going to take this opportunity to follow this quote with another quote (one that’s rather more humorous than it is existential)… ahem—
“oops, i did it again” -britney spears
…holy shit, it’s been an accidental ten days since i’ve made an entry. my counselor would be so disappointed in me, if he knew i had fallen off the “write things down” wagon…AGAIN. to hell with those who say danger is their middle name, my middle name ought to be procrastination. seriously, i might phone my mother up after i hit publish on this bad boy, and ask her if she’d consider allowing me to legally change my middle name.
now that i’ve hopefully lightened the mood up (our country is batshit crazy right now, and everywhere you turn, there’s either something new to legitimately fear or get angry about OR there’s a pile of lies [sorry, “alternative facts”] and propaganda), and thrown in some political shade…let’s see, hmmm…i suppose i’ll redirect my attention back towards the quote i used to start this entry off with: feelings.
“Your emotions and feelings play a powerful role in how you experience and interact with the world because they are the driving force behind many behaviors, helpful and unhelpful. It’s possible to react to emotions and the feelings they evoke which are guided by unconscious fear-based perceptions which you may not buy into anymore, yet you’re living your life, making decision and behaving according to these out-dated tendencies. Living unaware like this almost always leads to problems and unhappiness in the long run.”
—excerpt from a fascinating article and interpretation on feelings and emotions.
it’s also worth noting the countless times i’ve heard something along the lines of, “if i start getting into my head, it’s bad news from there and i’ll most likely end up drinking, just so i can get back out of my own head. so, it’s really best if i don’t get into my own head to begin with, and focus that energy towards helping someone else,” during my attendance at various AA meetings.
isn’t this intrapersonal stance counterproductive to one’s journey to recovery? does it depend on the duration of time that has past during one’s journey to recovery, to fully justify not wanting to “get into” their head? please, let me know your thoughts.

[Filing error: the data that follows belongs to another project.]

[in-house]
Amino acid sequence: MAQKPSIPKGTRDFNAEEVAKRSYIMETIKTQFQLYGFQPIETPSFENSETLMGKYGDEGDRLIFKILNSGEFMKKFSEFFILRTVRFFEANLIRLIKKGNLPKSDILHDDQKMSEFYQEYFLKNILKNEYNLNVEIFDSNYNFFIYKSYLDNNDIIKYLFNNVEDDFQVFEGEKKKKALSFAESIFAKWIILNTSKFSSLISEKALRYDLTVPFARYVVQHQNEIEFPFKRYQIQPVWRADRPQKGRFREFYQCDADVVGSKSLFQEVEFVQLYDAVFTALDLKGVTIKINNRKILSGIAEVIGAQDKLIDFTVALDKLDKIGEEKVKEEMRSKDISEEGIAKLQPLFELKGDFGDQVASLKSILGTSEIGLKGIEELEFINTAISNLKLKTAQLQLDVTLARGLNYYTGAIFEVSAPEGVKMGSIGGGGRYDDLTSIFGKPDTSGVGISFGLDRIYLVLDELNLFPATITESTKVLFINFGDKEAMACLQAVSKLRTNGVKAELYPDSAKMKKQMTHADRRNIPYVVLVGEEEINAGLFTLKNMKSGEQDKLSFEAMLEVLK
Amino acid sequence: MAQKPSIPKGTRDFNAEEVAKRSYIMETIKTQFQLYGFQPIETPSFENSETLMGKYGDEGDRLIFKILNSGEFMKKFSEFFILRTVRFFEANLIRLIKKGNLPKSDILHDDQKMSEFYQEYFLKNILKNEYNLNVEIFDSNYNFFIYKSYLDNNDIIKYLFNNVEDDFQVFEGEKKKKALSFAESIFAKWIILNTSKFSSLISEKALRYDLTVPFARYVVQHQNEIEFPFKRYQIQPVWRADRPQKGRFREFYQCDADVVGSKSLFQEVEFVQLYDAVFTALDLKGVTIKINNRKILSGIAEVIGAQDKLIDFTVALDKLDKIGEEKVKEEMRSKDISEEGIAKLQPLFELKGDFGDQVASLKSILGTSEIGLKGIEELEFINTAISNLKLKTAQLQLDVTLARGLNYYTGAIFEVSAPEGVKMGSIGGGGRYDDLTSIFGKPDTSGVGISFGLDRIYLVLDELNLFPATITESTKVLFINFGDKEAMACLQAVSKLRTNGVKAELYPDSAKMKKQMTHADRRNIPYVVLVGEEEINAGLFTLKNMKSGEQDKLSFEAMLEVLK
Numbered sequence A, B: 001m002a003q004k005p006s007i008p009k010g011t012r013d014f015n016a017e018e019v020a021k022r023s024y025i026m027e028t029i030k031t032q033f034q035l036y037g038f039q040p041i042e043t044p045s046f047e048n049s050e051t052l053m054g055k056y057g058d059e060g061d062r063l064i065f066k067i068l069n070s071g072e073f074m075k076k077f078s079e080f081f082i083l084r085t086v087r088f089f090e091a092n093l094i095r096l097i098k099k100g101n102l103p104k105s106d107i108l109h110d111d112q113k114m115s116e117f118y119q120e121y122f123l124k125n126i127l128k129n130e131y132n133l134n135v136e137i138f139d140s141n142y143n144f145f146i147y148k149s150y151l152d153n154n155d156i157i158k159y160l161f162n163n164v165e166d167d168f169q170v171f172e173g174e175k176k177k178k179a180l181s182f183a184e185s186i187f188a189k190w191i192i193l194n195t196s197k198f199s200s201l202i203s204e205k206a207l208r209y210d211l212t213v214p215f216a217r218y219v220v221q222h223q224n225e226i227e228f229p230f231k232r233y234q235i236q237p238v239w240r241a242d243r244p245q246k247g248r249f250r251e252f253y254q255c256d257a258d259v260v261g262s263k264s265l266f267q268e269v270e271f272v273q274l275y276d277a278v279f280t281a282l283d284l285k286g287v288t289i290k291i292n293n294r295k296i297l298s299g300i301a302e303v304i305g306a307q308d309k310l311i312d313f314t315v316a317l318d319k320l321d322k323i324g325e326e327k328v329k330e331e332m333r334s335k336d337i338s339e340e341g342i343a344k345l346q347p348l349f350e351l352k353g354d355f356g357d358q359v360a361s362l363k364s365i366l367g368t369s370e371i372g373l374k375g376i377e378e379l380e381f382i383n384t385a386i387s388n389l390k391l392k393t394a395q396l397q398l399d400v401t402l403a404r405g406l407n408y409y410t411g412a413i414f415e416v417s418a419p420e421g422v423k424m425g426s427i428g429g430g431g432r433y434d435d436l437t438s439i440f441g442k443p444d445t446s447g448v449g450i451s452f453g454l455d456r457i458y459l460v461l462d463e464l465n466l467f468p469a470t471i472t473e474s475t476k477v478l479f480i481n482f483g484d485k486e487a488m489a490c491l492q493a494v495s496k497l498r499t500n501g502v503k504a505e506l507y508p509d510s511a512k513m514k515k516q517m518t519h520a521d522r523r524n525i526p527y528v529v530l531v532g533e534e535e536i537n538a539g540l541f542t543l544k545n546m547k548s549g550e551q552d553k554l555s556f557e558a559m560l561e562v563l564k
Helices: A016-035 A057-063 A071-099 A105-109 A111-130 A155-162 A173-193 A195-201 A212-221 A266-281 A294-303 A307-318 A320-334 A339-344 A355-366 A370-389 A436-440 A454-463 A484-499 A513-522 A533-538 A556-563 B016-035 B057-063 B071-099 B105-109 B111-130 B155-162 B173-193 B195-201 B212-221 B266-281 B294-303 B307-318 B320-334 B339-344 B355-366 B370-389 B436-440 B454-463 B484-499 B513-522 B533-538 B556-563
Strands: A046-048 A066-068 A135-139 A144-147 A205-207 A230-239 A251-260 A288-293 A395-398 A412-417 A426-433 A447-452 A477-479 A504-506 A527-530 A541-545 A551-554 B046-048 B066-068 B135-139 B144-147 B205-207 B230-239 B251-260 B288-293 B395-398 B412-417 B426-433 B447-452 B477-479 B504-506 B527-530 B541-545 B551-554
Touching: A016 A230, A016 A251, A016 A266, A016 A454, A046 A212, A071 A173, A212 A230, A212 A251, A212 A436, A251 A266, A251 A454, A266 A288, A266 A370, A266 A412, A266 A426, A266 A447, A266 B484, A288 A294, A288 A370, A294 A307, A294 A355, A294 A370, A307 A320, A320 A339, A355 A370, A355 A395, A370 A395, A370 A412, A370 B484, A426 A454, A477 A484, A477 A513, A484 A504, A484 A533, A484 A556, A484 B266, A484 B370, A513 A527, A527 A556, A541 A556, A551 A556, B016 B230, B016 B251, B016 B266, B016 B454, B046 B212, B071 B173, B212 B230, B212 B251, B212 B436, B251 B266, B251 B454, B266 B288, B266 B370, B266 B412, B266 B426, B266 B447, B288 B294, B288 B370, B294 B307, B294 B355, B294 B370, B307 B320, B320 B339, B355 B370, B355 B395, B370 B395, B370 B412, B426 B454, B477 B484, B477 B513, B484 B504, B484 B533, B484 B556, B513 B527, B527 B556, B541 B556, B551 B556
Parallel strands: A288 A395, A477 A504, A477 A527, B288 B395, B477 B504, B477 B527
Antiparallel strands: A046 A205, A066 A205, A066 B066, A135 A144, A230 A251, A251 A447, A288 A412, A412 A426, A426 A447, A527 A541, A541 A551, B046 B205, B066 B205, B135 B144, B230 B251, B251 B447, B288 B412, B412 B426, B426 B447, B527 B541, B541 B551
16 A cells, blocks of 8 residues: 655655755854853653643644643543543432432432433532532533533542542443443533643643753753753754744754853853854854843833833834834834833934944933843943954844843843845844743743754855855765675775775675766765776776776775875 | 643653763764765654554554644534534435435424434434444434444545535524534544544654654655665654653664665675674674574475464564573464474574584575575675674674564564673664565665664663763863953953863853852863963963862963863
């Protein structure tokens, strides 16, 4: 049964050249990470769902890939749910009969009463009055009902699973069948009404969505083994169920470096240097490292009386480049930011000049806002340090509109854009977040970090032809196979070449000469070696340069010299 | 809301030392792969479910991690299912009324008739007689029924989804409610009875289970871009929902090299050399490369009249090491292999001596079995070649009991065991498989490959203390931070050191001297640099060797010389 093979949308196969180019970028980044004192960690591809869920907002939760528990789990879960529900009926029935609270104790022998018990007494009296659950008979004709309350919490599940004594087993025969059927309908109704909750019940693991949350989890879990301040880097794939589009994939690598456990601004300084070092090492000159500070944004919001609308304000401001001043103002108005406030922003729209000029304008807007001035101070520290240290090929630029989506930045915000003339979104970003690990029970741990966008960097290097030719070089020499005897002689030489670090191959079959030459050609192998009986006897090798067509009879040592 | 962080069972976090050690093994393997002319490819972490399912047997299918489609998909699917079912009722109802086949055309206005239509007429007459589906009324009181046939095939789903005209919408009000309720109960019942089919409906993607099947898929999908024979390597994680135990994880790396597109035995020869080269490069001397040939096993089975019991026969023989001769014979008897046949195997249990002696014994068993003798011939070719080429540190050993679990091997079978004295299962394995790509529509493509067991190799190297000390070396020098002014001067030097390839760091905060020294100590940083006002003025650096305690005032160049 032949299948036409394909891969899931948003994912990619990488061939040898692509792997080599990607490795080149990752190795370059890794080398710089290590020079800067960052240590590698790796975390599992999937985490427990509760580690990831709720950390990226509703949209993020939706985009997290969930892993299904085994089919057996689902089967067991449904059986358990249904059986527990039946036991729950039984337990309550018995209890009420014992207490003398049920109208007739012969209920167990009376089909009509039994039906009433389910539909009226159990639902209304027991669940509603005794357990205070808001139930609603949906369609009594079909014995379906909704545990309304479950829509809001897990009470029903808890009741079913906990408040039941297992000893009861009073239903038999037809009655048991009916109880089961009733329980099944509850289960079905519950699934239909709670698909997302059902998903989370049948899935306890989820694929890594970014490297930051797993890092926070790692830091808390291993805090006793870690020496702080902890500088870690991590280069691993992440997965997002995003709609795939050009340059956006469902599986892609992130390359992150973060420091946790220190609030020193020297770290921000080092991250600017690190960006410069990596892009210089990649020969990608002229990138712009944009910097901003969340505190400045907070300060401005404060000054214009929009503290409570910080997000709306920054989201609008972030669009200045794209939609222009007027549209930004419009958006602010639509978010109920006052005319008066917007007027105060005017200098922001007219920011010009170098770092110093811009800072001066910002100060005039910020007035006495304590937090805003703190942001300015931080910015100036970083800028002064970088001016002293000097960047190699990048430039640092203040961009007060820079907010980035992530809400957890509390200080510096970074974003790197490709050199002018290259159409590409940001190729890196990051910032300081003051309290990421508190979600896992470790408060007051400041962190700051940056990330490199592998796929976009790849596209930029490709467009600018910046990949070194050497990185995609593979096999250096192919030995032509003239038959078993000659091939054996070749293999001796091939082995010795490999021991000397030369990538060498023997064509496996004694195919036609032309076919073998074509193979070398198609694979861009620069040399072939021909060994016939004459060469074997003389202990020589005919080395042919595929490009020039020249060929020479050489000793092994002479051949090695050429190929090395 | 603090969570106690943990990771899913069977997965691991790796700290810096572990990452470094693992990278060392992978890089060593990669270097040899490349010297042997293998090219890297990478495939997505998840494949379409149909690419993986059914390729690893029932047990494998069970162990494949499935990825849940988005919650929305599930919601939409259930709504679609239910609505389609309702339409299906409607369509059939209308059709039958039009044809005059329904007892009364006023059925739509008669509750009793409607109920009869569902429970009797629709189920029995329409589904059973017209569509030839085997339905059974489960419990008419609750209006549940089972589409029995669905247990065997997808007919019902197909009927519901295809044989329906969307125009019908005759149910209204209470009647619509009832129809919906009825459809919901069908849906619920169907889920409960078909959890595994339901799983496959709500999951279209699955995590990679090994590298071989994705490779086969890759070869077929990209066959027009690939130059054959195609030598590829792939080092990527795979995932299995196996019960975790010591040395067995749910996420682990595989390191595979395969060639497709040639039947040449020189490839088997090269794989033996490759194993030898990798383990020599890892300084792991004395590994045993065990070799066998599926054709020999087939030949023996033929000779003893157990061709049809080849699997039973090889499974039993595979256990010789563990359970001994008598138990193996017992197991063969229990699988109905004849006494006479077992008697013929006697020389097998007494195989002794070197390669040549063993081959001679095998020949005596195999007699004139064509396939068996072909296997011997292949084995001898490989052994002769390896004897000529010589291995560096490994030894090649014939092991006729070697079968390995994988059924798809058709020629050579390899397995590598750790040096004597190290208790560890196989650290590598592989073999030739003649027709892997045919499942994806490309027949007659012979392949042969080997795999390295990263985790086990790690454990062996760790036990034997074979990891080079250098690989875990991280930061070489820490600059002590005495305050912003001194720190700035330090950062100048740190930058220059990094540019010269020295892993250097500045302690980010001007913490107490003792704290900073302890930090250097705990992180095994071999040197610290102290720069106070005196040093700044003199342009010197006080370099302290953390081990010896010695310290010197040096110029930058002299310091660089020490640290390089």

call me crazy, but i think getting into your own head is a lucrative part of the recovery process.. that being said, i’ve been able to successfully start attending weekly individual counseling sessions in addition to visiting my AA “home” once a week, and i have no words to explain how crucial and beneficial BOTH of those are, to me, for my recovery. while it’s necessary to explore your feelings, emotions, what makes you tick a certain way, what you like, what you don’t like, what your dreams and goals are… it is insanely lonely, trying to pick up your feet out from under the weight of your own soul, with nobody to help you fight off the monster(s) and/or cheer you on when you celebrate personal victories.
i don’t know, this topic is too rich to touch upon in a singular entry, so i’ll revisit it later on down the road but i plan on further exploring between now and then.
anyway, it feels so nice to be back on a personally necessary schedule, to continue with my “routine maintenance” (aka counseling), and not feeling like i’m entirely wandering around and simply running through the motions. recovering from alcoholism and learning to cope with depression has been a very grandiose experience thus far, where the lows are hellacious, the highs are liberating, and the purgatory of the feeling in-between is an uncomfortable suspension.
not implying that if you’re not up or down, you’re just “existing” because the spectrum of feelings and emotions is limitless… and i know all of these feelings can be likened to those of what life offers you regardless, sober or not, but this whole “unlearning how to destroy” and “remembering how to create” lifestyle change, has been an interesting trip thus far. i’ll close this one out by sharing and mentioning a very coincidental chapter we happened to review and discuss at my most recently attended meeting, titled a vision for you. so, i’d be lying if i said these meetings and counselor sessions weren’t recharging my battery, especially when it seemed like the reading from the big book, was waiting for you to return so that it could be read aloud to you.
be excellent to each other, guys.